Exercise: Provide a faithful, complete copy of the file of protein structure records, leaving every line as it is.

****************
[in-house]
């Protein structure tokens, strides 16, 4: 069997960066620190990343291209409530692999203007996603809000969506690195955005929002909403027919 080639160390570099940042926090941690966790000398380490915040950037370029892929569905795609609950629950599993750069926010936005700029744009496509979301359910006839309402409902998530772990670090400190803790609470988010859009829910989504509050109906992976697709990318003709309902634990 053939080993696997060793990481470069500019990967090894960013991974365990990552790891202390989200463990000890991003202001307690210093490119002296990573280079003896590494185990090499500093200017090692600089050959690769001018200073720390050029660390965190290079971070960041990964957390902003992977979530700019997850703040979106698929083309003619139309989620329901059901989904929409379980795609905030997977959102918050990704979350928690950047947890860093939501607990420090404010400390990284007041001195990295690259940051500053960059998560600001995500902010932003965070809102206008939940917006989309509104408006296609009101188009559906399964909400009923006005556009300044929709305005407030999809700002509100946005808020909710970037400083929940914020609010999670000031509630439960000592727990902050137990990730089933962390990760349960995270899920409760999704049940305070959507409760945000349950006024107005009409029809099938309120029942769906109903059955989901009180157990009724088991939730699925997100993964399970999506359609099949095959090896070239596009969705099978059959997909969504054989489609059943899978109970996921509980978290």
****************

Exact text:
[in-house]
């Protein structure tokens, strides 16, 4: 069997960066620190990343291209409530692999203007996603809000969506690195955005929002909403027919 080639160390570099940042926090941690966790000398380490915040950037370029892929569905795609609950629950599993750069926010936005700029744009496509979301359910006839309402409902998530772990670090400190803790609470988010859009829910989504509050109906992976697709990318003709309902634990 053939080993696997060793990481470069500019990967090894960013991974365990990552790891202390989200463990000890991003202001307690210093490119002296990573280079003896590494185990090499500093200017090692600089050959690769001018200073720390050029660390965190290079971070960041990964957390902003992977979530700019997850703040979106698929083309003619139309989620329901059901989904929409379980795609905030997977959102918050990704979350928690950047947890860093939501607990420090404010400390990284007041001195990295690259940051500053960059998560600001995500902010932003965070809102206008939940917006989309509104408006296609009101188009559906399964909400009923006005556009300044929709305005407030999809700002509100946005808020909710970037400083929940914020609010999670000031509630439960000592727990902050137990990730089933962390990760349960995270899920409760999704049940305070959507409760945000349950006024107005009409029809099938309120029942769906109903059955989901009180157990009724088991939730699925997100993964399970999506359609099949095959090896070239596009969705099978059959997909969504054989489609059943899978109970996921509980978290």